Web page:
By: Kelly Dempsey, Esq.
The drug addiction crisis in many parts of the United States is a reoccurring news headline, so it’s no secret that the prevalence of medical claims related to driving while under the influence of drugs and/or alcohol also appears to be on the rise. Illegal acts and illegal drugs exclusions are prevalent in self-funded plan documents, but the million dollar question is does the wording in the plan document align with the plan’s intent?
There are many different versions of illegal acts exclusions – some include references to misdemeanors or felonies, while others refer to acts that are punishable by any period of incarceration. The first step to ensuring the plan language meets the needs of the employer is to determine what types of acts the employer intends to include in the illegal acts exclusion. This doesn’t mean the plan needs to specifically list examples of illegal acts but instead use broader descriptions. For example, a plan could exclude felonies and misdemeanors, but not civil infractions or minor traffic violations. Unfortunately illegal acts exclusions can be a bit more complex because of variations in state law so it’s important that employers keep this in mind. It’s of the utmost importance that the plan creates an exclusion that outlines the employer’s intentions and motivations for what should be considered excluded under their illegal acts exclusion.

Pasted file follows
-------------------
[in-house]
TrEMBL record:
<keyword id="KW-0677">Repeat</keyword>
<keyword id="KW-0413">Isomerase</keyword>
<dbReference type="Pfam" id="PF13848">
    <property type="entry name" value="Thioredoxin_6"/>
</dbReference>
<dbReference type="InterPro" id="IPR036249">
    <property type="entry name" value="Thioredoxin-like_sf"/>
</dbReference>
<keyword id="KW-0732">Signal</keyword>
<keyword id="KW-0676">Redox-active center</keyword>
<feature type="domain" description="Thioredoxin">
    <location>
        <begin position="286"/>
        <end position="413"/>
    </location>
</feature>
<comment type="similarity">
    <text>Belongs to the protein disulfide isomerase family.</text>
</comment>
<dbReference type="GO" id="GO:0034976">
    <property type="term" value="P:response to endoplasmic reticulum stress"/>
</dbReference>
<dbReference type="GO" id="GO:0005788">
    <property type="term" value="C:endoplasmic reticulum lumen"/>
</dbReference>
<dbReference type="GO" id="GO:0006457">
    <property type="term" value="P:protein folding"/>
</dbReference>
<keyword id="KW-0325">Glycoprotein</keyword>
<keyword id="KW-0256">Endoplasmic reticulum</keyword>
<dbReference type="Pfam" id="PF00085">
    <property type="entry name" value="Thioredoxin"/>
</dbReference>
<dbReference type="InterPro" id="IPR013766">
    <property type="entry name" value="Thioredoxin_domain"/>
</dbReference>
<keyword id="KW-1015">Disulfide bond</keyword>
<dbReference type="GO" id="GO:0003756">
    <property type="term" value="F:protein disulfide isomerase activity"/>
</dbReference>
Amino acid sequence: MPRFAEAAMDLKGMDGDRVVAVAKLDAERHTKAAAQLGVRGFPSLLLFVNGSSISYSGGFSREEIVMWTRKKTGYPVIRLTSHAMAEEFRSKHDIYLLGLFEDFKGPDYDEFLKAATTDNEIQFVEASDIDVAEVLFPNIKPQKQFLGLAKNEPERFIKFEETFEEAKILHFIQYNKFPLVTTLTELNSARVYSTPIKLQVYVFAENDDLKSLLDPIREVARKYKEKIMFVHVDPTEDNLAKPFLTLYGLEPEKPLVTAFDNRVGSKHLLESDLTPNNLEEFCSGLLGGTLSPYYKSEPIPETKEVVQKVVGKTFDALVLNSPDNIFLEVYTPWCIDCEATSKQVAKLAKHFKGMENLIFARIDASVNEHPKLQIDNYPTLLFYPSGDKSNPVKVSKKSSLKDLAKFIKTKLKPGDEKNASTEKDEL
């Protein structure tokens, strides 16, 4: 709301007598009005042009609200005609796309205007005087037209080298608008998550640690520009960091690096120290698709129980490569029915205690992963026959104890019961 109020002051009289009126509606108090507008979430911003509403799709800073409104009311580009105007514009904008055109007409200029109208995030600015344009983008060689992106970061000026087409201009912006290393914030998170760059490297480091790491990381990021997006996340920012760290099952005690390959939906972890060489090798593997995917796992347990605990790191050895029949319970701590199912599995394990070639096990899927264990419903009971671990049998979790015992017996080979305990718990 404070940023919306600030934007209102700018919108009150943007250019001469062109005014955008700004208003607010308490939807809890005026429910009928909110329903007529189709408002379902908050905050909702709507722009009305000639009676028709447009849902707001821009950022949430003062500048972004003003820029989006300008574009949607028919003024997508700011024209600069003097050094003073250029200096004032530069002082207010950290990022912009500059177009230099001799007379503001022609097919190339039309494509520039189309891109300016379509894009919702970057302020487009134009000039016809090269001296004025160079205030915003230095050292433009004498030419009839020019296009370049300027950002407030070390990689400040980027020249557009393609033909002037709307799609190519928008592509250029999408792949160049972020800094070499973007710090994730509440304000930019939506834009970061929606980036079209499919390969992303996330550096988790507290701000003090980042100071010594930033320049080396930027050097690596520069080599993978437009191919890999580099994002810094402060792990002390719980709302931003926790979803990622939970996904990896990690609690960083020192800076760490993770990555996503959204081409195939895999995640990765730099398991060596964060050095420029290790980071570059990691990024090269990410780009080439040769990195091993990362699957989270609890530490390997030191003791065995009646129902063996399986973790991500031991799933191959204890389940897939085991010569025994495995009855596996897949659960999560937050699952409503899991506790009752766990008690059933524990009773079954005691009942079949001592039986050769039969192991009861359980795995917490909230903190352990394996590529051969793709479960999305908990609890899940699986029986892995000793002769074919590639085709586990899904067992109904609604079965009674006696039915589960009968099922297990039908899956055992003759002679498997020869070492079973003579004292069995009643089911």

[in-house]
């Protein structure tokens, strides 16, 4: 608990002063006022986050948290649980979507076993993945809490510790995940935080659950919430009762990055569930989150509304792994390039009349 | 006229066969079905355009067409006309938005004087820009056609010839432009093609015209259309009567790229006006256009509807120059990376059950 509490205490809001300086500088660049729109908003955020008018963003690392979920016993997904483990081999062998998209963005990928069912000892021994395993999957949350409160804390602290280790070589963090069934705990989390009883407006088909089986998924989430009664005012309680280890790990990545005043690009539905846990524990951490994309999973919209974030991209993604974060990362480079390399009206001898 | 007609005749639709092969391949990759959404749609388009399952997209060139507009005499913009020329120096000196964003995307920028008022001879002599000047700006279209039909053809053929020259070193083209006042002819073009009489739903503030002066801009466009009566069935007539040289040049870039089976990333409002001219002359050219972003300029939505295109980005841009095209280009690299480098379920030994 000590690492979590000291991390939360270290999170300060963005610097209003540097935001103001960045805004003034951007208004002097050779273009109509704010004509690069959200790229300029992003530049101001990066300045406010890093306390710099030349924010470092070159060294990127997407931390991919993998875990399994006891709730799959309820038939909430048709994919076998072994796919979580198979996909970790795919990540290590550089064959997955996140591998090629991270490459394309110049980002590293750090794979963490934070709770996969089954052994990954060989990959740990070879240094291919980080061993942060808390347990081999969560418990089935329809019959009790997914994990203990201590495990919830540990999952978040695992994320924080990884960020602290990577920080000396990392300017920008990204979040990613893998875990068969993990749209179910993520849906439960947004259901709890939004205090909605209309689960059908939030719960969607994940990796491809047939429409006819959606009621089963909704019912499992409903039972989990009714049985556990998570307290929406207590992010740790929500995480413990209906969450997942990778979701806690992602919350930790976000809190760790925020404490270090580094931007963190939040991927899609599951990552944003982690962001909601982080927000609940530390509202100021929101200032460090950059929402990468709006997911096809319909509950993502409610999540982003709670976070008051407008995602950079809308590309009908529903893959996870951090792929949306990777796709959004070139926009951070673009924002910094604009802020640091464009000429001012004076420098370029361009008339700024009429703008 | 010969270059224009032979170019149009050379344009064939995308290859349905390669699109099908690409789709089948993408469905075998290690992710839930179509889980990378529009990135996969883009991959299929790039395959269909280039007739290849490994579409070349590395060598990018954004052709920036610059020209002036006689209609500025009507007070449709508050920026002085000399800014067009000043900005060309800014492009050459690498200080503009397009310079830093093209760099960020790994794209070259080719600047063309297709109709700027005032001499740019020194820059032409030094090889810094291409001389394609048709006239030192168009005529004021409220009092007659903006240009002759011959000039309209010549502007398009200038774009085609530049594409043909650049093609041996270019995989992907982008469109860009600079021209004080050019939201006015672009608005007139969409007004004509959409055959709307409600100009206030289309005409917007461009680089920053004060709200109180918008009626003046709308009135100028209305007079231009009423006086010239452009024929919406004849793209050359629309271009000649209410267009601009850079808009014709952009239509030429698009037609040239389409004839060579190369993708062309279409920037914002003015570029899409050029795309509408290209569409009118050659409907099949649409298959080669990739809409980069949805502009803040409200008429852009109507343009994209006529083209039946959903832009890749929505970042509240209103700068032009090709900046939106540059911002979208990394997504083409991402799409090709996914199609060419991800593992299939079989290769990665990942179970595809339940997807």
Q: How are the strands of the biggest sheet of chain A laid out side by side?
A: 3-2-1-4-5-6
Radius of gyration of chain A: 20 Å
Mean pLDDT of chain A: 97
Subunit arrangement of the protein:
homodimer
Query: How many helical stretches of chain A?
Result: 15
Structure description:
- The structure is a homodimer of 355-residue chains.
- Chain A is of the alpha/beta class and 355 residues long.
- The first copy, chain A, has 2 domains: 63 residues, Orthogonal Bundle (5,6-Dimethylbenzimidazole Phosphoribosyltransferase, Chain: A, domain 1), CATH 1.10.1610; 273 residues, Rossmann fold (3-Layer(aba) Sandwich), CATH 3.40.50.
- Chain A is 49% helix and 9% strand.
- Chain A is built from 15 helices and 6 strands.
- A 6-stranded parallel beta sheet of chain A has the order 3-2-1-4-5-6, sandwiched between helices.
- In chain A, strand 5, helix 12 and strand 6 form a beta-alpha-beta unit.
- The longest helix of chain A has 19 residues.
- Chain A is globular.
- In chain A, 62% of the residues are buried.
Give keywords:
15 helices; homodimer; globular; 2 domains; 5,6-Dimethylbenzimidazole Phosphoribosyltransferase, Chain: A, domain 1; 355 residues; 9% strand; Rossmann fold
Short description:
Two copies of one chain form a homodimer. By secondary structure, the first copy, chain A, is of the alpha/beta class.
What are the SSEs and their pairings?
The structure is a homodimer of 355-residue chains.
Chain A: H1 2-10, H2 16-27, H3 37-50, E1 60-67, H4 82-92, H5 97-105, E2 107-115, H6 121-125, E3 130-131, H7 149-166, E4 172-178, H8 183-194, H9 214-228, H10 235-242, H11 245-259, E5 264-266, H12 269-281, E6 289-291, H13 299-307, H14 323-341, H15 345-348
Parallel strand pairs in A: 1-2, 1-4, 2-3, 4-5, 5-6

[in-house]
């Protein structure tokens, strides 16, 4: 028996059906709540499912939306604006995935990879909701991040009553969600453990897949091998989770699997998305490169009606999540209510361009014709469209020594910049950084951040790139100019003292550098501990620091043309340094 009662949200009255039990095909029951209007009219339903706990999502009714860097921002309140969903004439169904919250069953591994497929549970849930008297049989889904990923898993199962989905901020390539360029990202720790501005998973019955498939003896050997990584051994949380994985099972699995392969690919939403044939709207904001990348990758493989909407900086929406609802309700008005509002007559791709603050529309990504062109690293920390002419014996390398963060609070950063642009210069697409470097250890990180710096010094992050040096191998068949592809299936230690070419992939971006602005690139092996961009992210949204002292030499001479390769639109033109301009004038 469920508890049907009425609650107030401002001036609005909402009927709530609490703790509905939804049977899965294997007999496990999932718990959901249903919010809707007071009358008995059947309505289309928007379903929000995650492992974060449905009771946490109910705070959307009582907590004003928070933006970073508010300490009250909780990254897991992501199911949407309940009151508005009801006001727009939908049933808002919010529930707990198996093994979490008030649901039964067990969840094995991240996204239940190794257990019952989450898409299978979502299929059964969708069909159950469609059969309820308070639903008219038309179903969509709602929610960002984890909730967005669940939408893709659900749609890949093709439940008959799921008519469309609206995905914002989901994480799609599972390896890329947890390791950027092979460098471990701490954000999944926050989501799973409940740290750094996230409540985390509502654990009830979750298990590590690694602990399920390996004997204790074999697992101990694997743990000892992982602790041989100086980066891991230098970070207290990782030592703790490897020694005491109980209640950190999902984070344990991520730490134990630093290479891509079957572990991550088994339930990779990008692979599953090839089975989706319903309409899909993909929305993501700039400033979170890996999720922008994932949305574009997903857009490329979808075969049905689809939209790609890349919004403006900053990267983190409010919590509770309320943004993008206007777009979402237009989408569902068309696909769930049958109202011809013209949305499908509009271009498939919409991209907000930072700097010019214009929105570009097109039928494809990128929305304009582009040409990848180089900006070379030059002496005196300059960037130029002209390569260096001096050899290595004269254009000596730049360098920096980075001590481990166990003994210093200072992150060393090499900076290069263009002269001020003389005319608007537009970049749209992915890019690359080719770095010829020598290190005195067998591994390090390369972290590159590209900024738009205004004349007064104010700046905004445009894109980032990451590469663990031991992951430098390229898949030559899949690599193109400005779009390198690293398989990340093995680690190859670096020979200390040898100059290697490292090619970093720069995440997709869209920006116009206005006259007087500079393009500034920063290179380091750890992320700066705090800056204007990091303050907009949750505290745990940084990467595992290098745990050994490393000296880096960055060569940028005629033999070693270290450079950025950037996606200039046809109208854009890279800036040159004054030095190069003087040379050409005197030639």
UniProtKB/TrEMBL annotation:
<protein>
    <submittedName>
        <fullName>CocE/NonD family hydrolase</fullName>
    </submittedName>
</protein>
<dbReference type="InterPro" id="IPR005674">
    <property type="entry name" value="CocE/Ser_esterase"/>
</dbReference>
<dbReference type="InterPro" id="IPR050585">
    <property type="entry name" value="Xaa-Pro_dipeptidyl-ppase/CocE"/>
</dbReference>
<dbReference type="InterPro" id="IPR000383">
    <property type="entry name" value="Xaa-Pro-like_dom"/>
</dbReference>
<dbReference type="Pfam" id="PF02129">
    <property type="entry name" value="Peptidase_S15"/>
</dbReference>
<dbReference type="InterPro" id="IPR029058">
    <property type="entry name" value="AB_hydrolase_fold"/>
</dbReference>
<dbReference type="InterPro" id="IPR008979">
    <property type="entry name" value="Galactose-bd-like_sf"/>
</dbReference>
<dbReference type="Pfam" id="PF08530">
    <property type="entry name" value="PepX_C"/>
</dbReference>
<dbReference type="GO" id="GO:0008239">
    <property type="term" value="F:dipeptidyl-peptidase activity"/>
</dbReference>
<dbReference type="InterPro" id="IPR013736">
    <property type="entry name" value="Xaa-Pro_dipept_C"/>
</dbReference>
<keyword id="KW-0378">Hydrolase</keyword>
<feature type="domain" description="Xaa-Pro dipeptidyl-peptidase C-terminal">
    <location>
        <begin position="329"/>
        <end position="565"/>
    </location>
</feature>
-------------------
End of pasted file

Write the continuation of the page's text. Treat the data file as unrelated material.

The plan administrator of a self-funded plan will always retain discretionary authority to interpret the terms of the plan document. While self-funded plans have broad discretionary authority as a fiduciary, the plans must ensure this discretion is utilized in a uniform and consistent manner. For example, a self-funded plan cannot be discriminatory with claim payment (i.e. deny claims for Sally who is in a DUI, but pay claims for Joe who was in a DUI). However, in order to avoid a breach of that fiduciary duty in use of their discretion, the plan administrator must not act in an arbitrary or capricious fashion. As we’ve seen in the recent Macy’s court case, it’s important to align plan language with how the claims are administered – so the plan will also need to ensure that the third party claims administrator can process claims in a manner that aligns with the plan’s intent.
As with all exclusions, illegal acts exclusions must be reviewed on a case by case basis to determine their applicability. The key factors are generally a combination of the facts of the specific situation, how the exclusion is worded, and applicable state law and/or guidance. Ultimately, the plan will be using its discretionary authority when determining whether or not to exclude coverage.